Friday, October 13, 2017

Next Week in Tickets: Films playing Boston 13 October 2017 - 19 October 2017

Ugh, basically five days of the next seven in a Dallas suburb for a business trip. There is a theater there, but I bet they're going to try and make us do team-building stuff instead.

  • Could Jackie Chan's best movie this year be an English-language one? The Foreigner actually looks interesting, with Chan playing a Vietnamese special forces veteran who, after his daughter is killed in a bombing, decides to go after a government official (who used to be with the IRA) played by Pierce Brosnan, reuniting with GoldenEye director Martin Campbell. It's at Apple Fresh Pond, the Embassy, Boston Common, Fenway, Assembly Row, and Revere. There's also Happy Death Day, a time-loop movie about a college student who relives the day of her murder until, hopefully, she finds a way to avoid it. It's at Apple Fresh Pond, Boston Common, Fenway, Assembly Row, and Revere (including XPlus).

    The most interesting-looking thing this weekend is probably Professor Marston and the Wonder Women, featuring Luke Evans as the college-professor creator of Wonder Woman, Rebecca Hall as his wife, and Bella Heathcote as their lover. So, yeah, going to get into the kinky aspects of Marston and his creation. It's at the Arlington Capitol, The West Newton Cinema, Boston Common, Revere, and the SuperLux. Another biography coming out this week is Marshall, with Chadwick Boseman adding Thurgood Marshall to his roster of noteworthy real-life figures played, although I've seen word that Josh Gad is playing the actual protagonist. Either way, it's at Boston Common, Fenway, Assembly Row, Revere, and the SuperLux.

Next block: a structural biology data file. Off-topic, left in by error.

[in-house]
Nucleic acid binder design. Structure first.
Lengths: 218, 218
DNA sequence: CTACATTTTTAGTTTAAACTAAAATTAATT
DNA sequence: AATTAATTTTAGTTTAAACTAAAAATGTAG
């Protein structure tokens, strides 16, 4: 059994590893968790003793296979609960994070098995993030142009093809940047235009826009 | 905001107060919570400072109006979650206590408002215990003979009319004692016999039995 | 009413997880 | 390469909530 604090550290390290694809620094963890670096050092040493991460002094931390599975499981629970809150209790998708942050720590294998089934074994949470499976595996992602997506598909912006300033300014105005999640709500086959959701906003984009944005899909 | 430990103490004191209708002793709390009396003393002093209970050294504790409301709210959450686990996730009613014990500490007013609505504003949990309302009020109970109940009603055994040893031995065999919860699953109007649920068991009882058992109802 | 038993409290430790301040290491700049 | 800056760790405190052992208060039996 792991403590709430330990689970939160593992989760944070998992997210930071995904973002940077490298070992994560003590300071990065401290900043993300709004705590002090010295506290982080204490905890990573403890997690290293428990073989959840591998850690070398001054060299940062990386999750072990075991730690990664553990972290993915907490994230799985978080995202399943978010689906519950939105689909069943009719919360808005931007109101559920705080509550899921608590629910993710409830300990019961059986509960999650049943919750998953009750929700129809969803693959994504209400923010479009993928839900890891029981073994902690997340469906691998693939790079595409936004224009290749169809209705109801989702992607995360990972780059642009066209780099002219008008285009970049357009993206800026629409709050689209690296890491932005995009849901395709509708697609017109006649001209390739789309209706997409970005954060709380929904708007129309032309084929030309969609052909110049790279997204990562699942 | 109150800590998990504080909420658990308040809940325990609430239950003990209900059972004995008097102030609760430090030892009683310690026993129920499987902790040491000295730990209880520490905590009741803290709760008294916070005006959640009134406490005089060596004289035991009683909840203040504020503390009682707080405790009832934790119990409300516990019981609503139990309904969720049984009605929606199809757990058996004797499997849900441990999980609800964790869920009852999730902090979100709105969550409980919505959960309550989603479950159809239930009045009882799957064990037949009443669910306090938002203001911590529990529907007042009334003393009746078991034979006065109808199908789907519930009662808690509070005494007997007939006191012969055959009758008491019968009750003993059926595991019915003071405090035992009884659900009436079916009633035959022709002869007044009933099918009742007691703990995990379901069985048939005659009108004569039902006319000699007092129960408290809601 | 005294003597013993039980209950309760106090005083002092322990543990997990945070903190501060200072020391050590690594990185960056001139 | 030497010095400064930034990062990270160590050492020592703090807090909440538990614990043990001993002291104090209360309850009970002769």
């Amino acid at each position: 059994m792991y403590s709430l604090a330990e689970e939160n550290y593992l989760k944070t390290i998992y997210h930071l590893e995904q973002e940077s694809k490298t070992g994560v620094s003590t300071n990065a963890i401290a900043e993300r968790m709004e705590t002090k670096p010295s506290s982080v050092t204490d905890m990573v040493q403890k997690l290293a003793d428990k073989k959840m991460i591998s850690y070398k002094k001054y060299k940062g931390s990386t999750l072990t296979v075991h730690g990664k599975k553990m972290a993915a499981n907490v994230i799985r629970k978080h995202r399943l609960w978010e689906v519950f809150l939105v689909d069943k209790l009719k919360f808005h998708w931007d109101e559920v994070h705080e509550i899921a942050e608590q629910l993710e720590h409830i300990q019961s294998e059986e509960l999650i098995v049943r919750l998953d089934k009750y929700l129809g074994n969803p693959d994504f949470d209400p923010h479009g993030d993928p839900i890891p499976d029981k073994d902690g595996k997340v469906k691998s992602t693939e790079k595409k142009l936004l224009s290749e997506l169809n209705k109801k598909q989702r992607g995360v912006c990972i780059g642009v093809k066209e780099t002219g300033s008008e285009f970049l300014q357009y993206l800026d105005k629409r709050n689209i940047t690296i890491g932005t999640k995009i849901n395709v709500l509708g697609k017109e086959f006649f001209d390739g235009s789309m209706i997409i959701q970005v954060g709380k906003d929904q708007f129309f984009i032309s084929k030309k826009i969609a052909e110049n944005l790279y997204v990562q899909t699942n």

Fenway also picks up an Irish documentary of some local interest, Rocky Ros Muc, which tells the story of Sean Mannion, a boxer from Galway who made his way with Boston and wound up in contact with the city's gangsters. Boston Common goes for Scotland rather than Ireland, with Brave the last film in their series of Disney Princess films.

    There's also special screenings of The Princess Bride at Fenway, Assembly Row, and Revere on Sunday and Wednesday, and the Samurai Jack movie is at the same places on Monday. There's also a surprisingly big release of Tokyo Ghoul, which I kind of liked at Fantasia, at Boston Common (Monday through Wednesday), Fenway (Monday/Tuesday/Thursday), Kendall Square (Wednesday and next Sunday), and Revere (Monday/Tuesday/Thursday). Fenway also has the Regal Halloween shows, with a double feature of King Kong & Them! on Monday and the original Nightmare on Elm Street on Tuesday.
  • The Florida Project, the new one from Tangerine director Sean Baker, opens at The Coolidge Corner Theatre, Kendall Square, and Boston Common. It follows a mother and daughter living week-to-week in a hotel outside Orlando; it also feature Willem Dafoe. Tuesday's 7:15pm show at the Coolidge is an "Off the Couch" show, with folks from the Boston Psychoanalytic Society leading a post-film discussion. The Coolidge also picks up IFFBoston's Dolores, which also continues at Kendall Square.

    Since it's Friday the 13th, they've got an off-site event at Rocky Woods Reservation, showing the second and seventh movies in the series. If you can't get out there, they've got The Room on 35mm at midnight. They're also the New England stop for the newly discovered uncut 35mm print of Suspiria, running it at midnight on Saturday (already sold out), and Tuesday evening as part of a double feature with Inferno. There's also a Science on Screen presentation of Guillermo del Toro's Mimic on Monday, with BU professor Jerome O. Klein talking about insect-borne diseases beforehand. They also welcome another set of guests on Thursday, with the Alloy Orchestra accompanying Sergei Eisenstein's Strike!.
  • Mark Felt: The Man Who Brought Down the White House opens up at Kendall Square & the Embassy, featuring Liam Neeson as the title character, better known as Watergate source Deep Throat. Kendall Square also opens The Meyerowitz Stories: New and Selected, with Noah Baumbach presenting another family of New Yorkers who don't really get along, this one including Adam Sandler, Ben Stiller, Dustin Hoffman, and Noah Baumbach. Probably just opening for a week, because it's also on Netflix, but it's at least good to see the streaming service try and get stuff out for a week.

    Also likely only around for a week at the Kendall is Take Every Wave: The Life of Laird Hamilton, with director Rory Kennedy on hand Saturday evening to answer questions about her documentary of the surfing legend.